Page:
The Film: The Man Who Fell to Earth (1976)
The Principals: Nicolas Roeg (director), Paul Mayersberg (screenplay), Walter Tevis (source novel), David Bowie, Candy Clark, Rip Torn, Buck Henry
The Premise: An alien comes to our planet, founds a billion-dollar corporation, and tries to adapt to American life. (Working title: The Mitt Romney Story.)
Is it any good? I can honestly say that I’ve never seen anything like it – and while it continually held my interest, it’s not necessarily an easy watch. It’s incumbent on the viewer to keep up with consistent, jarring tonal shifts, edits that span days, years, and geography without warning, a large cast of characters that weave in and out of the narrative, flashbacks and detours to Bowie’s character’s home planet, and montage sequences chock-full of ‘70’s acid-trip weirdness.
The plot starts out simply enough – Thomas James Newton (Bowie) falls from the sky and crash-lands in a lake, Icarus-style. After wandering around in a hoodie for awhile (thankfully, he didn’t land in Florida), we discover that he brought a British passport, a wad of cash, and a stack of new, viable electronic patents with him. With the help of lawyer Buck Henry, Newton builds a massive corporation through innovations in remarkably prescient fields like self-developing photography and renewable energy; with the endgame of making enough money for Newton to get back home to his wife and small children and to bring water to his dying, drought-stricken planet. The Man Who Fell to Earth is, basically, the story of what happens to Newton as he’s busy making other plans … and the effect that humanity has on this odd, fragile hero.
I don’t want to write too much about the plot – one of the best things about this movie is its unpredictability and sense of discovery – but I will touch on some of my favorite moments: The opening shots showing Newton’s descent into the lake (including an aerial shot that recalls Sam Raimi’s board-cam from the original Evil Dead). Bowie’s subtle acting with his face and eyes as Candy Clark talks about her belief in God (and then minutes later, in church, as he struggles to follow along with the hymnal). The relationship that develops between Newton and Rip Torn’s cynical scientist, and the scene that takes place between them in Newton’s spaceship. Newton’s brief glimpse into America’s past. A sequence midway through the film that is legitimately frightening when Newton’s lover (Clark) discovers his true nature. A moment when Newton is asked about his children, and he answers with poignant simplicity. Another scene late in the film that … well, imagine how harrowing Clockwork Orange would be if you actually liked Alex DeLarge. And an ending that – given everything we’ve seen before – is both heartbreaking and note-perfect. Frankly, the more I write, the more scenes I remember and want to tell you about; and I already want to watch the film again if only to pick up on things I missed.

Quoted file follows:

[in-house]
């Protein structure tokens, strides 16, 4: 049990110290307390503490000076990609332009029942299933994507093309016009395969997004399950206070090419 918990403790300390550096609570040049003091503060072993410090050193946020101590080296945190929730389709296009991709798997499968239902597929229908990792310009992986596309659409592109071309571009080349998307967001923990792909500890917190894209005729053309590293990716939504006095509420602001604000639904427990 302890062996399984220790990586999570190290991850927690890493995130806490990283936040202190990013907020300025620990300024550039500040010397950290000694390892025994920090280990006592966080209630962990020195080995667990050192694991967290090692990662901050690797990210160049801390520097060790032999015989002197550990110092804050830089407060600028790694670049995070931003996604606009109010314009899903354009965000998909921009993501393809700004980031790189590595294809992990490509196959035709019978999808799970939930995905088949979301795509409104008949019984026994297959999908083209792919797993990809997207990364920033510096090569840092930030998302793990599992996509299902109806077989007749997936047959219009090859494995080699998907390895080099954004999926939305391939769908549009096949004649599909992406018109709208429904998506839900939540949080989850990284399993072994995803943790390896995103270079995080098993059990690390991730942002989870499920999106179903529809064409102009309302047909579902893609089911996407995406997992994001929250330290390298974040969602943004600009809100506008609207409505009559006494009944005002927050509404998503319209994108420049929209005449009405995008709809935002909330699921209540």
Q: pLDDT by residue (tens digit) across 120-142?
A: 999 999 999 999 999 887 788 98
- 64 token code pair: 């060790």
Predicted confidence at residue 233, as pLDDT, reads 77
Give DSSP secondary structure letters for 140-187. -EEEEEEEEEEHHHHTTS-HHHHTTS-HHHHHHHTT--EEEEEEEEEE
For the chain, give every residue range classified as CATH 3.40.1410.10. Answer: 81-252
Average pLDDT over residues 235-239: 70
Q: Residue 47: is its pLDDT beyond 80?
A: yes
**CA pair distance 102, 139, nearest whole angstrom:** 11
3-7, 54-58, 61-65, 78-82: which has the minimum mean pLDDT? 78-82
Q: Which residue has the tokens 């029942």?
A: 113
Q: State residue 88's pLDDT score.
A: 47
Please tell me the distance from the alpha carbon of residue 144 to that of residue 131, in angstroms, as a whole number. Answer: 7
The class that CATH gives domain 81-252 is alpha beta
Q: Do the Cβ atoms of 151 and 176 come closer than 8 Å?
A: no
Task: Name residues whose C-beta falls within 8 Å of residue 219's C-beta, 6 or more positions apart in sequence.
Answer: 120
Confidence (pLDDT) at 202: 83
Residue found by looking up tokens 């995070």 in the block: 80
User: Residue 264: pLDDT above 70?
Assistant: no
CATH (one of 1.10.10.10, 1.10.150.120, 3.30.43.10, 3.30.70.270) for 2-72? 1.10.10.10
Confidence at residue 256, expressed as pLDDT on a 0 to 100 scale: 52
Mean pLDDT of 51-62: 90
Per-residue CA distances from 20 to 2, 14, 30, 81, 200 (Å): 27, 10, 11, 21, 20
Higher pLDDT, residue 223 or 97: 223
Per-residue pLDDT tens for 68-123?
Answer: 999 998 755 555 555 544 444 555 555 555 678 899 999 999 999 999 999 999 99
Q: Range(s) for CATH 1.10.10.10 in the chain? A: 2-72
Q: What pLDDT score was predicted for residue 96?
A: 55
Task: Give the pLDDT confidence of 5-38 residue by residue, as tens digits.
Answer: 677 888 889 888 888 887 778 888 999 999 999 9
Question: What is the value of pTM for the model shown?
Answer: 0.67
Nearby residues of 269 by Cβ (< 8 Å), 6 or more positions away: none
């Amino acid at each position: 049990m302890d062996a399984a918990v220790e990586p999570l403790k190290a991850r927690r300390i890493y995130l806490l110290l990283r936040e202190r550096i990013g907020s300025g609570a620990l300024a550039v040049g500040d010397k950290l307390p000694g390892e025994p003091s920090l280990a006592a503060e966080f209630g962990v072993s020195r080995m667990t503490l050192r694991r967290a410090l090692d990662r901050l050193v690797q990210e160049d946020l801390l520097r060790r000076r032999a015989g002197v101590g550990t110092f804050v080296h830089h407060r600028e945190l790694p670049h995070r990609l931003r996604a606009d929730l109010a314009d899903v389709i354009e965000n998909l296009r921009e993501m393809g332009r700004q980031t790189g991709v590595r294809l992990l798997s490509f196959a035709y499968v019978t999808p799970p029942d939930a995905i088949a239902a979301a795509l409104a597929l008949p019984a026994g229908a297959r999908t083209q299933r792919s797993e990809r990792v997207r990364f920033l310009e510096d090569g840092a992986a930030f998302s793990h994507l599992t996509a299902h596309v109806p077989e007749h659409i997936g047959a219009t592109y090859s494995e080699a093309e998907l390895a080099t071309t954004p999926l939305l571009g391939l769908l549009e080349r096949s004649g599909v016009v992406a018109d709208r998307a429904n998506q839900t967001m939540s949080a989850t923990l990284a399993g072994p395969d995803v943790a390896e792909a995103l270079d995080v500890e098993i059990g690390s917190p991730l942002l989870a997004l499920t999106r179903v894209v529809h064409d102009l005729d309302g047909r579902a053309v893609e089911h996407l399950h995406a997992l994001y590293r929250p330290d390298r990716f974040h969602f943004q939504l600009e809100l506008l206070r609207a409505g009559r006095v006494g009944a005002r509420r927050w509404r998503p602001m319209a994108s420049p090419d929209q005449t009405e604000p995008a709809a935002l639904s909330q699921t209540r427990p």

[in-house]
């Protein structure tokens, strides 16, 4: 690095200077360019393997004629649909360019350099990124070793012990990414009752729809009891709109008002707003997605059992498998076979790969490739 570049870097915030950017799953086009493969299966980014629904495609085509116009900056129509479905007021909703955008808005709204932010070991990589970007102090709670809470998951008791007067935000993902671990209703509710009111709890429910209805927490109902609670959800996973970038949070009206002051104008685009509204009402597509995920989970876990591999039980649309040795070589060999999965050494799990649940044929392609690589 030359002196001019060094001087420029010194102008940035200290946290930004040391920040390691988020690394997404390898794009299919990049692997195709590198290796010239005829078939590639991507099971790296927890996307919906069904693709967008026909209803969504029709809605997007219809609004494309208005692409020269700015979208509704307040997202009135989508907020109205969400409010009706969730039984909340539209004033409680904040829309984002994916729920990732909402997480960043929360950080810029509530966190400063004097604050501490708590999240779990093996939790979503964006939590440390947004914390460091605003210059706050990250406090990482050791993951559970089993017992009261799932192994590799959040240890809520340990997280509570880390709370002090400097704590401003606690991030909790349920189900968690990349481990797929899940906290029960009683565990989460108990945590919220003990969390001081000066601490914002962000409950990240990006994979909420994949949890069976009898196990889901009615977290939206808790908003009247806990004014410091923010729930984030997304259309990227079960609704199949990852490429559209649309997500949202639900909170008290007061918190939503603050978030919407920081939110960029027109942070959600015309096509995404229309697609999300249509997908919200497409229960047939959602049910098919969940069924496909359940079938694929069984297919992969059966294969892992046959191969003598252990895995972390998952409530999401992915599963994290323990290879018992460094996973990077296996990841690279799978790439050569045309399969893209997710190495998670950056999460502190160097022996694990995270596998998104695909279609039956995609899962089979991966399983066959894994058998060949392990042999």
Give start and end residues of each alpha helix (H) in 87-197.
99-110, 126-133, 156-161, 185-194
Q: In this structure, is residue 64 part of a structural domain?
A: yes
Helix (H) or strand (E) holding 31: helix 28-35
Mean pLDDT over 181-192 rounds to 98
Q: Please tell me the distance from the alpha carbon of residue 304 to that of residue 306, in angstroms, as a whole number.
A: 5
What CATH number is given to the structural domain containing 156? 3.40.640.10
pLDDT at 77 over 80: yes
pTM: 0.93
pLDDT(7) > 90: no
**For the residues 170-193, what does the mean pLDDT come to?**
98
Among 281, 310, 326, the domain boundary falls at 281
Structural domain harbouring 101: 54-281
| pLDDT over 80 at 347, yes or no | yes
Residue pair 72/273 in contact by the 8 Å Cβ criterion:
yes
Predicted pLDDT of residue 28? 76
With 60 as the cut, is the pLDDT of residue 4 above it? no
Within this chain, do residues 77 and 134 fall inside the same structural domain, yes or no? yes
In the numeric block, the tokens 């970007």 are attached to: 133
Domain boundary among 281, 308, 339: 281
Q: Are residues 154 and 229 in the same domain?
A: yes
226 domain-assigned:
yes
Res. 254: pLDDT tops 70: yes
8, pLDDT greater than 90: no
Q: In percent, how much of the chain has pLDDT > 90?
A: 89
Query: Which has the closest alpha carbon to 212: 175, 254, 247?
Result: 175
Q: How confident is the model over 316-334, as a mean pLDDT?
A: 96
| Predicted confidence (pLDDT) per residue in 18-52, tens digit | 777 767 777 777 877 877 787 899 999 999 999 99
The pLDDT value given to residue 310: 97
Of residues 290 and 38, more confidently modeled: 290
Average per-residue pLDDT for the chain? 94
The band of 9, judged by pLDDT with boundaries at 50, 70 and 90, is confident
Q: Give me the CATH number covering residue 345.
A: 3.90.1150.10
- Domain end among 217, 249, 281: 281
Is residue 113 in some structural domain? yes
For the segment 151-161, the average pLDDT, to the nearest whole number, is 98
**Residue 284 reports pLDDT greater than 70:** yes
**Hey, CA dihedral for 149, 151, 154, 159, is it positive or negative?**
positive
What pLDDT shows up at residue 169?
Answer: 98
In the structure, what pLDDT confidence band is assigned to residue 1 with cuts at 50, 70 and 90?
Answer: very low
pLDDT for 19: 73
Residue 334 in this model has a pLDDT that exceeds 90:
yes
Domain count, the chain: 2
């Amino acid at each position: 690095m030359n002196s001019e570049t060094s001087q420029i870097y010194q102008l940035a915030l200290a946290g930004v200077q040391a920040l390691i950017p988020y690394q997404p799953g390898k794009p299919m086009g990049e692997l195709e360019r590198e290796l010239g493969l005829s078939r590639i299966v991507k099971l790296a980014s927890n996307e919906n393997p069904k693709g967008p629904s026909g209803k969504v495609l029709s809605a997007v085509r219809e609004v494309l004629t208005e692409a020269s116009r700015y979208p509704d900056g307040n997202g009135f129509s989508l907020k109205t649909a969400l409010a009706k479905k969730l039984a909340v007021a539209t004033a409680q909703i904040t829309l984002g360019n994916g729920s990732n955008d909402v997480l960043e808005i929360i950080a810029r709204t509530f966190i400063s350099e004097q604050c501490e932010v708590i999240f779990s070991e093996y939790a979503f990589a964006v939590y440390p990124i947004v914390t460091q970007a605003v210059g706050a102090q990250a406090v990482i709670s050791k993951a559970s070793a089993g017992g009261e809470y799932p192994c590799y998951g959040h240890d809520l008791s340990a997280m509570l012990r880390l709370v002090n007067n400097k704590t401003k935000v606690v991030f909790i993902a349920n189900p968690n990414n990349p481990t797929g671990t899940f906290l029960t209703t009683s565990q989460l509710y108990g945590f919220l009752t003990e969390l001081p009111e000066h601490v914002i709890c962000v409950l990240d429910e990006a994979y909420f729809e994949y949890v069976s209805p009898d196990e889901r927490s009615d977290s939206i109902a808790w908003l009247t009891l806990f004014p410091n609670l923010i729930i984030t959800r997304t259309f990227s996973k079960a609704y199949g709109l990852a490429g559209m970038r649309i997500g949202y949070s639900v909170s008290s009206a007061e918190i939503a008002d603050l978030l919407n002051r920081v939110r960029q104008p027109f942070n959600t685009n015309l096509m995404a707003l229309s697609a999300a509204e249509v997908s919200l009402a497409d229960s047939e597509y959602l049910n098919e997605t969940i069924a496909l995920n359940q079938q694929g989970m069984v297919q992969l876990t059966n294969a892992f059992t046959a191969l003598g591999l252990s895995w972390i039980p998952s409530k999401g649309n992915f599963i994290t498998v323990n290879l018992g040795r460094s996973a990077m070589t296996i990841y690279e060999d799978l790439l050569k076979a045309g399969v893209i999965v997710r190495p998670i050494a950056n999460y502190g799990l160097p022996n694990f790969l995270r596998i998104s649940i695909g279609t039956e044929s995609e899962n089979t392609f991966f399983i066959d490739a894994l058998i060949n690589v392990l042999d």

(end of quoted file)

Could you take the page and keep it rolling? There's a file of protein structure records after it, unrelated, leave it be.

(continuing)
So yes – it’s good.
Any discussion of the film is incomplete without mentioning the involvement of its two principals, Bowie and director Roeg. Roeg’s camera is always moving, his edits are precise and fluid, and he always nails the small moments that make the whole flick more than the sum of its parts. There are echoes of Malick, Kubrick, and Spielberg here, but the overall film is one none of them could’ve made without erring too far into scenery, cynicism, or sentimentality. That Roeg is able to balance so many disparate tones (and to make us care about characters drawn mostly in broad strokes) is a massive accomplishment.
Without a doubt, Roeg’s best decision was the casting of Bowie. Even with the benefit of hindsight, it’s difficult to see where Bowie ends and Newton begins. His natural androgyny and sense of otherness serve the character, but Bowie restrains his natural swagger enough to imbue Newton with vulnerability and humanity. This is his defining film role, his Indiana Jones, and the fact that this was his first film performance is jaw-dropping (especially given the fact that he was apparently high as a cocaine-fuelled spaceship for the production’s duration).
Is it worth a look? If you’re not sold yet, then the movie’s probably not for you. Everyone else … seek it out.
Random anecdotes: Captain James Lovell of Apollo 13 fame shows up briefly as himself.
As stated above, Bowie admits to being strung out for the duration of production. He later said “I just threw my real self into that movie as I was at that time … I was going a lot on instinct, and my instinct was pretty dissipated. … I actually was feeling as alienated as that character was. It was a pretty natural performance.”
The film was cut by almost twenty minutes for its original American re-release. All of the footage has been recovered, and re-edited back into the Criterion DVD/Blu-Ray.
Walter Tevis – the writer of the novel that inspired the movie – also wrote the novels The Hustler and The Color of Money.
Cinematic Soulmates: ET. Starman. The Day the Earth Stood Still. Definitely not Signs.